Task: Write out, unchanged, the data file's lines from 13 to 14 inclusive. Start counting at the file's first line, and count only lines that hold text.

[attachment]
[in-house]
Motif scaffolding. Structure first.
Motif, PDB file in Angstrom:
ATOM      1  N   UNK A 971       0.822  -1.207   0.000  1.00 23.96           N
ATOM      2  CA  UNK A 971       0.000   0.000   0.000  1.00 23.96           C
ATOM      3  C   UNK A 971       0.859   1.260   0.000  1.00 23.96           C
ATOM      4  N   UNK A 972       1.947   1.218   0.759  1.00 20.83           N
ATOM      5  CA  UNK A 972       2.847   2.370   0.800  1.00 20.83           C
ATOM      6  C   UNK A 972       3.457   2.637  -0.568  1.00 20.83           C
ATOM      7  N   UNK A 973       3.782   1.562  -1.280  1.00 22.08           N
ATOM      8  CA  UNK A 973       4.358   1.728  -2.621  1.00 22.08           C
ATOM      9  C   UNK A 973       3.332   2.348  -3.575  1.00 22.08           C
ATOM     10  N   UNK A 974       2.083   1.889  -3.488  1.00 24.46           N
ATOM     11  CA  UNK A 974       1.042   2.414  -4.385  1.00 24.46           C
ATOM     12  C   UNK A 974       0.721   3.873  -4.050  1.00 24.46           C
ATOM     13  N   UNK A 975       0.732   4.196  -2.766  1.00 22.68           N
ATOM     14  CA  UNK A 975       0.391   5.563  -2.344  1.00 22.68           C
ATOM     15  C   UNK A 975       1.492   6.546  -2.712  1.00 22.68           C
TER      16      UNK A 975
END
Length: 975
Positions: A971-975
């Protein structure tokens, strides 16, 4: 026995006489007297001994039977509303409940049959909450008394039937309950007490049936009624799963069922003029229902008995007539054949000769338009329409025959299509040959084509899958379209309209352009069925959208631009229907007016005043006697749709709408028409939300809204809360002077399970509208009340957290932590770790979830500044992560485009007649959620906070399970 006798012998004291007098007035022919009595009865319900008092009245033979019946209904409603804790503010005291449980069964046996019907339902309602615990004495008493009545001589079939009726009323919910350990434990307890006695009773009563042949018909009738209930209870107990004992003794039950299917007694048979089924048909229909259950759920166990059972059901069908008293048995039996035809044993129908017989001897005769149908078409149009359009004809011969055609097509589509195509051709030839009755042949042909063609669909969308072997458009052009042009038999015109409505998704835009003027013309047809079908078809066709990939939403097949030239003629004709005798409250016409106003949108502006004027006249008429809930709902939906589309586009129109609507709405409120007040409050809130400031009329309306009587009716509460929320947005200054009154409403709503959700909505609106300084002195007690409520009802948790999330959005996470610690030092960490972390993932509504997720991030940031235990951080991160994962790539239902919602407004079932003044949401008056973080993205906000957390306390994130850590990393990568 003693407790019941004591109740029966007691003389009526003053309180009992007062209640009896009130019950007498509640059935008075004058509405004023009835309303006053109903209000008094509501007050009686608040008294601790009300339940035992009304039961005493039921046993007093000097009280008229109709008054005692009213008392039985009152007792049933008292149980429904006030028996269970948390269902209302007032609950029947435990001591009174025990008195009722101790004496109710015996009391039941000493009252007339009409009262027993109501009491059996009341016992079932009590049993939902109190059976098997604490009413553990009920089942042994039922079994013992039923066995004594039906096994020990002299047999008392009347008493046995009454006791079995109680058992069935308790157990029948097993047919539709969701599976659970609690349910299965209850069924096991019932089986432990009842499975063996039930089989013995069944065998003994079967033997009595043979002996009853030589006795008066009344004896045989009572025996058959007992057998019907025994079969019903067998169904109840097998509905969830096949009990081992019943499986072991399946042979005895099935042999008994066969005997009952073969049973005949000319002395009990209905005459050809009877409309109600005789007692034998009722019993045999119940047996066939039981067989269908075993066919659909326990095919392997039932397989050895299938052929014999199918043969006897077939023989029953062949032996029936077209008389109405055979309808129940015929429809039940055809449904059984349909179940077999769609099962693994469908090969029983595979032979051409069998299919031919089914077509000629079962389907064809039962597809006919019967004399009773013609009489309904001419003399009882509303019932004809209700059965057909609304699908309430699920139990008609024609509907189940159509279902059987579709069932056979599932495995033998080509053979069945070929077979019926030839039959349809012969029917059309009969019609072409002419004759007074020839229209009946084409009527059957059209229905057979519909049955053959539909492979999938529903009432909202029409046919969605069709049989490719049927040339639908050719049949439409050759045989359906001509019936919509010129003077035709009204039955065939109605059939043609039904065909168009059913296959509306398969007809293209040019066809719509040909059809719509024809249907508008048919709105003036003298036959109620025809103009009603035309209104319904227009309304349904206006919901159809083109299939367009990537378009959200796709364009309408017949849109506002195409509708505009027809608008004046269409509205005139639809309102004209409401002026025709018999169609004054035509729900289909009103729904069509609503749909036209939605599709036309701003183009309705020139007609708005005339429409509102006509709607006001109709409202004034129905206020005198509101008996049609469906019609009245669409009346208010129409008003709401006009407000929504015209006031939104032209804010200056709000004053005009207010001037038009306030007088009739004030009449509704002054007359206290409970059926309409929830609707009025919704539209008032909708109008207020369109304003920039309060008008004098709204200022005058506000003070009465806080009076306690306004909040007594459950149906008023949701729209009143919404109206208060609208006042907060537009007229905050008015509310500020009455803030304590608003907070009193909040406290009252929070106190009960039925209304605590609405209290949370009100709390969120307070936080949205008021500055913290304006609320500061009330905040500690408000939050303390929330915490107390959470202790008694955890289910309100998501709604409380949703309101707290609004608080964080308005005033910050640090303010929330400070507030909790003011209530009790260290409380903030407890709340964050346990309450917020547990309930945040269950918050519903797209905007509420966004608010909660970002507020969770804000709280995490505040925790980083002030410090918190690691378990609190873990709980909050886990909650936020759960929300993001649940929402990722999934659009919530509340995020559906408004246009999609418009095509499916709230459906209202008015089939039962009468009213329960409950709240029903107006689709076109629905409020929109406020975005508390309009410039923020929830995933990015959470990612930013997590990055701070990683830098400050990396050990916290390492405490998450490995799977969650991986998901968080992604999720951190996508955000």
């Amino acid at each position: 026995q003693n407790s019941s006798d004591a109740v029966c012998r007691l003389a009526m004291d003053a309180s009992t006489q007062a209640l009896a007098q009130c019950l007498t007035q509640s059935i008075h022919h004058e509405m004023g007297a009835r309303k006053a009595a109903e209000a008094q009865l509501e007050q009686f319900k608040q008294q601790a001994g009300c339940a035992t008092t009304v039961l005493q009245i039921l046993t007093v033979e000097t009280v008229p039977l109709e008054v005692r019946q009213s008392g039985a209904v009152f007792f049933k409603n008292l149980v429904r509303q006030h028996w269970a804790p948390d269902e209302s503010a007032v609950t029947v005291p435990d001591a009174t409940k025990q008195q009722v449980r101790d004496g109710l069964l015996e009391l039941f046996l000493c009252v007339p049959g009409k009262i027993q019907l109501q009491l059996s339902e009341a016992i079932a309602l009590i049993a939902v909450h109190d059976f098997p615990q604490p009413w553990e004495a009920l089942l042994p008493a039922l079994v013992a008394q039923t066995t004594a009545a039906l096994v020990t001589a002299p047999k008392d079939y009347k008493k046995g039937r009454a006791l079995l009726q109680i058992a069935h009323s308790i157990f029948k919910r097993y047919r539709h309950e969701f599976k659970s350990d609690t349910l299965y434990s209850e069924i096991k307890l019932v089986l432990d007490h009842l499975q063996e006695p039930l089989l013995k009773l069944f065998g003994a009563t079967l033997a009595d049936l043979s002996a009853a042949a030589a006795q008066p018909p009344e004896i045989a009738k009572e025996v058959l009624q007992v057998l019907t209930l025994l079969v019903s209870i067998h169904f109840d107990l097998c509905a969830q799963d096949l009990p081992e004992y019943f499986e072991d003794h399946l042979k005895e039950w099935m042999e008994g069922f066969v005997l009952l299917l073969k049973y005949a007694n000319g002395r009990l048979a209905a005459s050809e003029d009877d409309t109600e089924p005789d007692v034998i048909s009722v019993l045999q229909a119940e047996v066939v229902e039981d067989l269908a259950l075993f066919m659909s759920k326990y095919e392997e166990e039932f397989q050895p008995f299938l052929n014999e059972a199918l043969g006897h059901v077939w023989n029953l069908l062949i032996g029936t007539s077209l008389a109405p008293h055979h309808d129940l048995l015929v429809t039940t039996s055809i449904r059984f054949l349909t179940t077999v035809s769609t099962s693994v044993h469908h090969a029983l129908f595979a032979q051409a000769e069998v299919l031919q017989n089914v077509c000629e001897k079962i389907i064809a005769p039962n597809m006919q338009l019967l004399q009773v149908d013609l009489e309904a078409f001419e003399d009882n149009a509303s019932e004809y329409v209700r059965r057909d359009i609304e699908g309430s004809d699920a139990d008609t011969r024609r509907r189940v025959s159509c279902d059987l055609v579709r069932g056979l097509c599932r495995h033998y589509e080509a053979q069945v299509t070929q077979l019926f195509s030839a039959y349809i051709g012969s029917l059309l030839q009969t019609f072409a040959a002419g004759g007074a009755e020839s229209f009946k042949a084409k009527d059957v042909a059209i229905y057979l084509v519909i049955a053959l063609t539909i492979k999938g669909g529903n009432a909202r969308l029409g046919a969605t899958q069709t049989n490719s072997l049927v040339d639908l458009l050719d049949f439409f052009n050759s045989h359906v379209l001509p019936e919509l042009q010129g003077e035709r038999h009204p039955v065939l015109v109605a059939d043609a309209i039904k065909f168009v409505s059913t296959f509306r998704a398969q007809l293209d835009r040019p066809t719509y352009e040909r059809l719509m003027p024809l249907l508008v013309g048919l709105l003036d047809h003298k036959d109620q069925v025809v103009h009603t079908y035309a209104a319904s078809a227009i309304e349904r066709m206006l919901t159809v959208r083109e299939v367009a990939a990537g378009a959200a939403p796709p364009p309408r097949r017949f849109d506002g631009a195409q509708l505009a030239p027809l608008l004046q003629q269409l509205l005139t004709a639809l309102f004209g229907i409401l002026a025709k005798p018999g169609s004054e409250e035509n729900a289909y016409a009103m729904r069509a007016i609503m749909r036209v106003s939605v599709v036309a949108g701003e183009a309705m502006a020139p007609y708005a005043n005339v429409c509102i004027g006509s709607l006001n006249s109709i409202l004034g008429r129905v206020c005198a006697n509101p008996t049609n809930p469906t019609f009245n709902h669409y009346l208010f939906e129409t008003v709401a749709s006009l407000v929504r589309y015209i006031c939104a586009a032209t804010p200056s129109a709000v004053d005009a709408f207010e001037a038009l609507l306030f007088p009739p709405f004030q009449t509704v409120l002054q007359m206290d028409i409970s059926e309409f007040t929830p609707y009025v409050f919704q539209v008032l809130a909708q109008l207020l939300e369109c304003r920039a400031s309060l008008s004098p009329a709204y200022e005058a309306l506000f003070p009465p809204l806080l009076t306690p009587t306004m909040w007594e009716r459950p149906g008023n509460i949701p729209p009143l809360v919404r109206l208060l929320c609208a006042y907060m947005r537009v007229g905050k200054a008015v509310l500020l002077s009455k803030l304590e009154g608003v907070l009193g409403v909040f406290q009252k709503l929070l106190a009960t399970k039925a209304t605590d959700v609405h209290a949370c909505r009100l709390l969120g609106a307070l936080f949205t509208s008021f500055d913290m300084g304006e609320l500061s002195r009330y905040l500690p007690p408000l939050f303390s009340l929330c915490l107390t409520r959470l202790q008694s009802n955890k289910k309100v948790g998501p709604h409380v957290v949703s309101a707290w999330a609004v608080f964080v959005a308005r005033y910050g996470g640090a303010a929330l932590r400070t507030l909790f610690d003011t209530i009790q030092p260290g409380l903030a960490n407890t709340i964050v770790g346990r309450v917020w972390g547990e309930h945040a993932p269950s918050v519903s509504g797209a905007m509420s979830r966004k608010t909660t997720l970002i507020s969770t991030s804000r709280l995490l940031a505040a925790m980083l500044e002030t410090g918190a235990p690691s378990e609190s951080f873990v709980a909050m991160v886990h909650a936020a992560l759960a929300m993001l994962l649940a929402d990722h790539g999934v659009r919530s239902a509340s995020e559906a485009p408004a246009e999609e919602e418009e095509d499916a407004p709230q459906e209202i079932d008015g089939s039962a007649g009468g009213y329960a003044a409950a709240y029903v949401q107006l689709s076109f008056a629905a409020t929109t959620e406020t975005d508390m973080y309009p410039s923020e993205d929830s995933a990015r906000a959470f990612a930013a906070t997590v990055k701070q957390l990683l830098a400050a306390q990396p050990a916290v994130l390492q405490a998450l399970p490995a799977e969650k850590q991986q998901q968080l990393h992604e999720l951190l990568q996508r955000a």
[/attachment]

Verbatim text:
ATOM     10  N   UNK A 974       2.083   1.889  -3.488  1.00 24.46           N
ATOM     11  CA  UNK A 974       1.042   2.414  -4.385  1.00 24.46           C